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Move to improve stroke rehabilitation services in Eastern Devon


STROKE patients in Eastern Devon will benefit from more joined up services this spring when a rehabilitation unit relocates to the Royal Devon and Exeter Hospital.

This move is the final stage in completing recommendations from a 2013 consultation led by Northern, Eastern and Western Devon Clinical Commissioning Group (CCG) and the Stroke Association.

In April, inpatient stroke rehabilitation facilities at Ottery St Mary Community Hospital will be transferred to Yealm Ward at the RD&E, next to the Trust’s acute stroke care inpatient facilities on Clyst Ward. Stroke rehabilitation patients will benefit from 24-hour medical cover at the RD&E site and a wide range of specialist staff support, including therapists and dieticians.

Hospital rehabilitation services currently situated on Yealm Ward at the RD&E are moving into the community, as developments in care show that people are best supported to rehabilitate in their own homes. This is part of Trust-wide efforts to improve outcomes for frail and older people by reducing reliance on in-patient hospital care, which can impact negatively on people’s rehabilitation.“Moving the stroke rehabilitation unit onto the same site as our acute stroke unit is a key part of plans to improve stroke services for all people in Exeter and Eastern Devon”, said RD&E Stroke Consultant Martin James.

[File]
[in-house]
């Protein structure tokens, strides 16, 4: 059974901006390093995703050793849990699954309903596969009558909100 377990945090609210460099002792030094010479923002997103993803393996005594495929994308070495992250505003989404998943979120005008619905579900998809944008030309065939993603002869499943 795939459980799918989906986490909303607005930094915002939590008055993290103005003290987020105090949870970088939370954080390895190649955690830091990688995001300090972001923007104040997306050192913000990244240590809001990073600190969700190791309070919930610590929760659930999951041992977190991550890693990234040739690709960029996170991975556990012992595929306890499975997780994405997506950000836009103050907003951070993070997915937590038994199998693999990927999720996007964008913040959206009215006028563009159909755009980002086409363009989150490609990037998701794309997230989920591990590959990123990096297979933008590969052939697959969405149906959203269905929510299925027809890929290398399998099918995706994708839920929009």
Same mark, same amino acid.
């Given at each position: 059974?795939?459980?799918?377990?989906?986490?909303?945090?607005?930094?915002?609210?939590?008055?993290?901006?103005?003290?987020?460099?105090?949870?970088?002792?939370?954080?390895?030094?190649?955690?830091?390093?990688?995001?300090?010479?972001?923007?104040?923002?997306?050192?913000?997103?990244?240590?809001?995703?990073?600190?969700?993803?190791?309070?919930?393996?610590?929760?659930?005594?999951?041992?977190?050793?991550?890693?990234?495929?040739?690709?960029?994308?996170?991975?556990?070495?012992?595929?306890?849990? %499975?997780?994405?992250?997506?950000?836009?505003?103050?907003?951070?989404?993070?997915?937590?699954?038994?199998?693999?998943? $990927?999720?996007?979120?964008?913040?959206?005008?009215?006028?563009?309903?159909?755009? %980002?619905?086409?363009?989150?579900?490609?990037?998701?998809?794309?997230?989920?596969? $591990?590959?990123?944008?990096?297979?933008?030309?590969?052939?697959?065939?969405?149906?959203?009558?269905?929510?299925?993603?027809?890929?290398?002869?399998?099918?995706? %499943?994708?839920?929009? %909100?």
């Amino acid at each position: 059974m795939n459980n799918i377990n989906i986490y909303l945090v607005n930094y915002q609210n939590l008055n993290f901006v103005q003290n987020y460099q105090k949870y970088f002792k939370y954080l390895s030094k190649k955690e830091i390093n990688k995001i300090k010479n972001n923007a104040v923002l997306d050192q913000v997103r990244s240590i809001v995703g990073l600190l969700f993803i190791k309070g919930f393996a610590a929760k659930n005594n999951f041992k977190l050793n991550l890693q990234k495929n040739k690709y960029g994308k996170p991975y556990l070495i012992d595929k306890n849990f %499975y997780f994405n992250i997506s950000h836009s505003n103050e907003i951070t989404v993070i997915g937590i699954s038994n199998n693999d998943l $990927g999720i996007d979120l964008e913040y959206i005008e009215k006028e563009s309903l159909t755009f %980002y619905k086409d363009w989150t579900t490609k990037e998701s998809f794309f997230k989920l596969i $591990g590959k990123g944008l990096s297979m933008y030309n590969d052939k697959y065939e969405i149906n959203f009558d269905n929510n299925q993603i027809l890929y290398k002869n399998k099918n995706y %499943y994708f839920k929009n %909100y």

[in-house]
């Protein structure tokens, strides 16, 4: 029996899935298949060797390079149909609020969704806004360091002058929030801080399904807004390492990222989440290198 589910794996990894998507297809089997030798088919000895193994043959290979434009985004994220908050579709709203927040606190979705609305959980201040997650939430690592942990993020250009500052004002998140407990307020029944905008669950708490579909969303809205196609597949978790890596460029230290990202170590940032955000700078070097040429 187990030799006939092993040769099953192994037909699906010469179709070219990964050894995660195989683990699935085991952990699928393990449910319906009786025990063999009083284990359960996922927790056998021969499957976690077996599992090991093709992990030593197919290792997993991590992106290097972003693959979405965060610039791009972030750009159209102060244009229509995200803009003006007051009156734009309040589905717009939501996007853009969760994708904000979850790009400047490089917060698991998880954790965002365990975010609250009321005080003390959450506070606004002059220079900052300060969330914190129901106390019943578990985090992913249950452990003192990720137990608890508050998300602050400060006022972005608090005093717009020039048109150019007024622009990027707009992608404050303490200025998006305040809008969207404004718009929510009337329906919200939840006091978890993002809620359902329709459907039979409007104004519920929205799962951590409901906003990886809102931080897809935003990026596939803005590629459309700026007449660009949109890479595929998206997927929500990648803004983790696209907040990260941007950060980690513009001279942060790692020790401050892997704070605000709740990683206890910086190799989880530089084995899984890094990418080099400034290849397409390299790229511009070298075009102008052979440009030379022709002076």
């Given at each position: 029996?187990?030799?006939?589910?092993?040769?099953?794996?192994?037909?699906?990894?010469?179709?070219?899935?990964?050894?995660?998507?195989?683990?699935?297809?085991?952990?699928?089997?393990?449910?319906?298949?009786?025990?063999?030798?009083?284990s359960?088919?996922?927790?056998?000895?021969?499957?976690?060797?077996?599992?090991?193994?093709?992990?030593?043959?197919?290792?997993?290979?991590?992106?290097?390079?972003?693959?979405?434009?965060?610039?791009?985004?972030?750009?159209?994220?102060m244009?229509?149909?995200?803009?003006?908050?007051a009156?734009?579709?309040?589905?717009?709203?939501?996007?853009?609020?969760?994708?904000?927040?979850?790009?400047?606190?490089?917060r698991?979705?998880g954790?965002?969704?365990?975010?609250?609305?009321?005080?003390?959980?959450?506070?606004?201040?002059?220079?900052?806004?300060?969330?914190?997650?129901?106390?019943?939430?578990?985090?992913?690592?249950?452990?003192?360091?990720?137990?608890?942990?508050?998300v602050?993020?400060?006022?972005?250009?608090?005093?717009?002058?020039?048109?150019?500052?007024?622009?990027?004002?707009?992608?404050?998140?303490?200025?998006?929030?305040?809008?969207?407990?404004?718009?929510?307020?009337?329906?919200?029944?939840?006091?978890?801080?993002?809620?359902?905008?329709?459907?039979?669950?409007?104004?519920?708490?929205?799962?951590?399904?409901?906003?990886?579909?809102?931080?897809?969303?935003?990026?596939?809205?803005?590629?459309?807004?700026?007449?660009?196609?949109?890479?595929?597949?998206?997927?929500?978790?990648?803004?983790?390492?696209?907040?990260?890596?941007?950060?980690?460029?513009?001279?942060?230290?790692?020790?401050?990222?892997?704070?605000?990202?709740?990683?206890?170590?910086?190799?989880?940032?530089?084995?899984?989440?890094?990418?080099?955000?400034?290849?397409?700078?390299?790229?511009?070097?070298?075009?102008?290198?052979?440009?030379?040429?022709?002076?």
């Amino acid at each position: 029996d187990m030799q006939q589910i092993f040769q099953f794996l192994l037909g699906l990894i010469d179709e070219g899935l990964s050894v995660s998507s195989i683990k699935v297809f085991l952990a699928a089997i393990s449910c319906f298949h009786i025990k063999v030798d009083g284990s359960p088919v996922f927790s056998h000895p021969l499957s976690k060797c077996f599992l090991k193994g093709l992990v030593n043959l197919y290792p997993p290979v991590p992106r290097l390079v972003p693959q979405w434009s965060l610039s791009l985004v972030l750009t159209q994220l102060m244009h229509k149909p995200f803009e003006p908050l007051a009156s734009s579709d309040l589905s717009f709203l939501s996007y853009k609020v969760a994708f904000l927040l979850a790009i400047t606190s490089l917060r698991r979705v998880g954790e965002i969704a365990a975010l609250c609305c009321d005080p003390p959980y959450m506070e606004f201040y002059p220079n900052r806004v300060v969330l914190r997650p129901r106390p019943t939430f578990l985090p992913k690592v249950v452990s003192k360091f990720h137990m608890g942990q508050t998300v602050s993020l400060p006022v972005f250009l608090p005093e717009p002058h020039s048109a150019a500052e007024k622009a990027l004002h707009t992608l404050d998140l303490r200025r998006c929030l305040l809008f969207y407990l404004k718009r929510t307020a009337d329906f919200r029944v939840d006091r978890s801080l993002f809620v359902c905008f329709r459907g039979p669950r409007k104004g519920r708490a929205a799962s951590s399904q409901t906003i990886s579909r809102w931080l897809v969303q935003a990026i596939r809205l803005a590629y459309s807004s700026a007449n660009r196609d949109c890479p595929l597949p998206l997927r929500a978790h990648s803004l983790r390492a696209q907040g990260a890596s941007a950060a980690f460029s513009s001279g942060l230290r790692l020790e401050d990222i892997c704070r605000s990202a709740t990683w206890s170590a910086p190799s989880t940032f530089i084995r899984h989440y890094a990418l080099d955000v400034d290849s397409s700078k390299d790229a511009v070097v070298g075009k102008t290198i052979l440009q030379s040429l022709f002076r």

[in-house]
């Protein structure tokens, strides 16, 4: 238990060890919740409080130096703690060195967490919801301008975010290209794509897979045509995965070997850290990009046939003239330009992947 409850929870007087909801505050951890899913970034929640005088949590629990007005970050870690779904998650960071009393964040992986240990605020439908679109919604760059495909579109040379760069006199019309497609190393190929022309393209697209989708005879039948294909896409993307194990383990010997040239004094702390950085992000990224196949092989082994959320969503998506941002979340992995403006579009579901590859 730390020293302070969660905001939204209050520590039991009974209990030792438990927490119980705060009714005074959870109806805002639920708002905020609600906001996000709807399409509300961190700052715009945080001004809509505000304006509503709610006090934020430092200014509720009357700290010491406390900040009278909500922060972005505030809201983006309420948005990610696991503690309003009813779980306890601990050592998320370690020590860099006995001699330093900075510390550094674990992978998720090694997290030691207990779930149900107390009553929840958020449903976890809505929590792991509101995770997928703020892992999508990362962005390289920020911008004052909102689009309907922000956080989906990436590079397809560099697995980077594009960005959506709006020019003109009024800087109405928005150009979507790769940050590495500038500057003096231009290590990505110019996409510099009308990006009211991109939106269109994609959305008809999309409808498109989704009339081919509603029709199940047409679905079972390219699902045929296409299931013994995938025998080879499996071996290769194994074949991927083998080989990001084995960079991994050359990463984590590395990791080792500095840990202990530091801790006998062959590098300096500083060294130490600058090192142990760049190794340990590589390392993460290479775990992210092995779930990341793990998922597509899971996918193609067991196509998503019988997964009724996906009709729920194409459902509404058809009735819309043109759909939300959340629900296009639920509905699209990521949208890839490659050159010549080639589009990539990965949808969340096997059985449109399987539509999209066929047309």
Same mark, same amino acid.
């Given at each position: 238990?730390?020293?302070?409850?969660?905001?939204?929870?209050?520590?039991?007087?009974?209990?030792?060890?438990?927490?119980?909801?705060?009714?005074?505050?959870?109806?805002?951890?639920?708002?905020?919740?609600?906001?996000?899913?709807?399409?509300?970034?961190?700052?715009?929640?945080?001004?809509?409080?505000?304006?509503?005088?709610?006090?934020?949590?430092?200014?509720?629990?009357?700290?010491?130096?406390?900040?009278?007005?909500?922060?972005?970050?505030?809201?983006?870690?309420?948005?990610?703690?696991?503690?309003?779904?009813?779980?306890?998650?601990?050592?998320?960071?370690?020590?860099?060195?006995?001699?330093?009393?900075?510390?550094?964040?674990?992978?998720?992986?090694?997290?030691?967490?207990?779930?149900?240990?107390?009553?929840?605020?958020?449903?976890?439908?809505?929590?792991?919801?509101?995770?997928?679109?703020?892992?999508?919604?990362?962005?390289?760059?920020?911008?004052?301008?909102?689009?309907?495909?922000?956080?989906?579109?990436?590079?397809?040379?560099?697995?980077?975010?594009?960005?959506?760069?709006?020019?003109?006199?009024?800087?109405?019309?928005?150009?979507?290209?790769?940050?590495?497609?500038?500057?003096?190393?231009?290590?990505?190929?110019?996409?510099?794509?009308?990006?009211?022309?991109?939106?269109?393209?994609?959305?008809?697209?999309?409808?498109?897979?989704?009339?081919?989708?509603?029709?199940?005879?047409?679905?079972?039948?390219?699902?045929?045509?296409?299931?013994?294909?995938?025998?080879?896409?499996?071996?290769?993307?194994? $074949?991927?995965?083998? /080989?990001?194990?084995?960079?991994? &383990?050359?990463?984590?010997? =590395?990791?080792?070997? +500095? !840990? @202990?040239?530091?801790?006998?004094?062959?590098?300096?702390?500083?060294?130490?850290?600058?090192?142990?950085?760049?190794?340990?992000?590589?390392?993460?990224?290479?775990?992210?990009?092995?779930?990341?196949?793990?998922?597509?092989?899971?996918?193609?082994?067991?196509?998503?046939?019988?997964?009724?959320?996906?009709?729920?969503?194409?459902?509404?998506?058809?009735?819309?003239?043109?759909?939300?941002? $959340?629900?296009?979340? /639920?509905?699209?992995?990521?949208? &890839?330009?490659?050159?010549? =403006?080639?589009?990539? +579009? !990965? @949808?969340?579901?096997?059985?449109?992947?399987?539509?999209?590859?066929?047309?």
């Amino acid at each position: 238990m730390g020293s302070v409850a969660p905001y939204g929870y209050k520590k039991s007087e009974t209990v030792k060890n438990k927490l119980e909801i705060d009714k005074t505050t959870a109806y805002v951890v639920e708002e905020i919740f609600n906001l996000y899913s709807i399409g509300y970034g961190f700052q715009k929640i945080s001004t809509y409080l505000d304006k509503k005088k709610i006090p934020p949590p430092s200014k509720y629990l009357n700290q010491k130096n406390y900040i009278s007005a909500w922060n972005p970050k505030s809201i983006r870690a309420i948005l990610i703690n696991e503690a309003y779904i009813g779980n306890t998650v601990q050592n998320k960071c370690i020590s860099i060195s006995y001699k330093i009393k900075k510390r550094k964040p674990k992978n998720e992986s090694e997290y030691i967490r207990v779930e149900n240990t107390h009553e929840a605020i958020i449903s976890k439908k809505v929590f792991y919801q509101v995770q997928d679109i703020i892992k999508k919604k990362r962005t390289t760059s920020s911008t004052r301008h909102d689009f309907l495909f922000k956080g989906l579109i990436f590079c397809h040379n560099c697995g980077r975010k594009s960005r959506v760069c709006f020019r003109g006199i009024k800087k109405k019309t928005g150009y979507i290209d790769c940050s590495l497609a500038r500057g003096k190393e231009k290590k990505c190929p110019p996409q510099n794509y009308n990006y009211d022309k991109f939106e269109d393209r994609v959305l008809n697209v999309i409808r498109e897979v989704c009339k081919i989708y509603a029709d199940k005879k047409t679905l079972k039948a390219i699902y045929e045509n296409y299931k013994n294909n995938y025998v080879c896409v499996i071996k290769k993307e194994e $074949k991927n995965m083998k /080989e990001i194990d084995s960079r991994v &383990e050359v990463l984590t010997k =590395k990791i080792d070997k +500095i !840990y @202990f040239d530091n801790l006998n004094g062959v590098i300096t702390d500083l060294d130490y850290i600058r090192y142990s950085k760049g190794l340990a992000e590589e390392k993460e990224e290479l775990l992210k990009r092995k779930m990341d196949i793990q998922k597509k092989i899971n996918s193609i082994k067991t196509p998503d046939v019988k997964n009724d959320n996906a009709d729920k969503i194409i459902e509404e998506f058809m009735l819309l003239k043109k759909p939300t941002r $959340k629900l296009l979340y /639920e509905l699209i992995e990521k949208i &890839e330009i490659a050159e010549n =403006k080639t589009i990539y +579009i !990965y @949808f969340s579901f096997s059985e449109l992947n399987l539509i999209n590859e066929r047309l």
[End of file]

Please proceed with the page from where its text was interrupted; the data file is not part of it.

“The move will see a range of specialists – including nurses, physiotherapists, occupational therapists, dieticians, and speech and language therapists – working closely together to provide seamless care for people with stroke. Patients will benefit from greater continuity in care and 24 hour medical cover on site and staff will form part of a bigger specialist team, with increased opportunities to develop skills and gain input from a range of stroke specialists”, he said.

In addition to the new facility on Yealm Ward, stroke patients will continue to benefit from the ‘Early Supported Discharge (ESD)’ initiative across eastern Devon. This service supports people to return home as soon as possible after stroke, by providing specialist care and rehabilitation in patients’ own homes. Evidence shows that patients who receive ESD spend less time in hospital and can have better outcomes.


Adel Jones, the RD&E’s Integration Director, said: “These changes will help improve clinical outcomes for our patients and ensure that services are delivered where they are most effective. This means providing the best acute care possible for the critically ill in hospital and helping people who are able to be discharged rehabilitate in their own homes with the right support and interventions.”

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